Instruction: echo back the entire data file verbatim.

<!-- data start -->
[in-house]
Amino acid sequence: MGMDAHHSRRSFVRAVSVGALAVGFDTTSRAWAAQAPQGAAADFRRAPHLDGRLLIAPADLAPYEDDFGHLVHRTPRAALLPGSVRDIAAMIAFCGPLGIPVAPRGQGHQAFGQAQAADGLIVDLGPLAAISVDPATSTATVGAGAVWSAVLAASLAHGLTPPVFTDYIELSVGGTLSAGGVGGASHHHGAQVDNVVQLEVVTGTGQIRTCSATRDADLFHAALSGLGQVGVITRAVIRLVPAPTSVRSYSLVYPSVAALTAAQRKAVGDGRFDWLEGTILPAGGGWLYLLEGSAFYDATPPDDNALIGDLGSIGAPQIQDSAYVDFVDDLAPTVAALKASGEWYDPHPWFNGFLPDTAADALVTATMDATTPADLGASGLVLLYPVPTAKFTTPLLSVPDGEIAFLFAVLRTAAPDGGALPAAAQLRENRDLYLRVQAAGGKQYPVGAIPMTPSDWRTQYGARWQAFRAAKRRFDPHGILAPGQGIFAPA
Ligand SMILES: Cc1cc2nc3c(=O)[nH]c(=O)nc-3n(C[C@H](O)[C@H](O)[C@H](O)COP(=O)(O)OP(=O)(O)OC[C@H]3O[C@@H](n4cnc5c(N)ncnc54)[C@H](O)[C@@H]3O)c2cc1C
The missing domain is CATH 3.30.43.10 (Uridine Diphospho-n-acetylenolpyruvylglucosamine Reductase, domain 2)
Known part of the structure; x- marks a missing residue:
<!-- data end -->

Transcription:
[in-house]
Amino acid sequence: MGMDAHHSRRSFVRAVSVGALAVGFDTTSRAWAAQAPQGAAADFRRAPHLDGRLLIAPADLAPYEDDFGHLVHRTPRAALLPGSVRDIAAMIAFCGPLGIPVAPRGQGHQAFGQAQAADGLIVDLGPLAAISVDPATSTATVGAGAVWSAVLAASLAHGLTPPVFTDYIELSVGGTLSAGGVGGASHHHGAQVDNVVQLEVVTGTGQIRTCSATRDADLFHAALSGLGQVGVITRAVIRLVPAPTSVRSYSLVYPSVAALTAAQRKAVGDGRFDWLEGTILPAGGGWLYLLEGSAFYDATPPDDNALIGDLGSIGAPQIQDSAYVDFVDDLAPTVAALKASGEWYDPHPWFNGFLPDTAADALVTATMDATTPADLGASGLVLLYPVPTAKFTTPLLSVPDGEIAFLFAVLRTAAPDGGALPAAAQLRENRDLYLRVQAAGGKQYPVGAIPMTPSDWRTQYGARWQAFRAAKRRFDPHGILAPGQGIFAPA
Ligand SMILES: Cc1cc2nc3c(=O)[nH]c(=O)nc-3n(C[C@H](O)[C@H](O)[C@H](O)COP(=O)(O)OP(=O)(O)OC[C@H]3O[C@@H](n4cnc5c(N)ncnc54)[C@H](O)[C@@H]3O)c2cc1C
The missing domain is CATH 3.30.43.10 (Uridine Diphospho-n-acetylenolpyruvylglucosamine Reductase, domain 2)
Known part of the structure; x- marks a missing residue: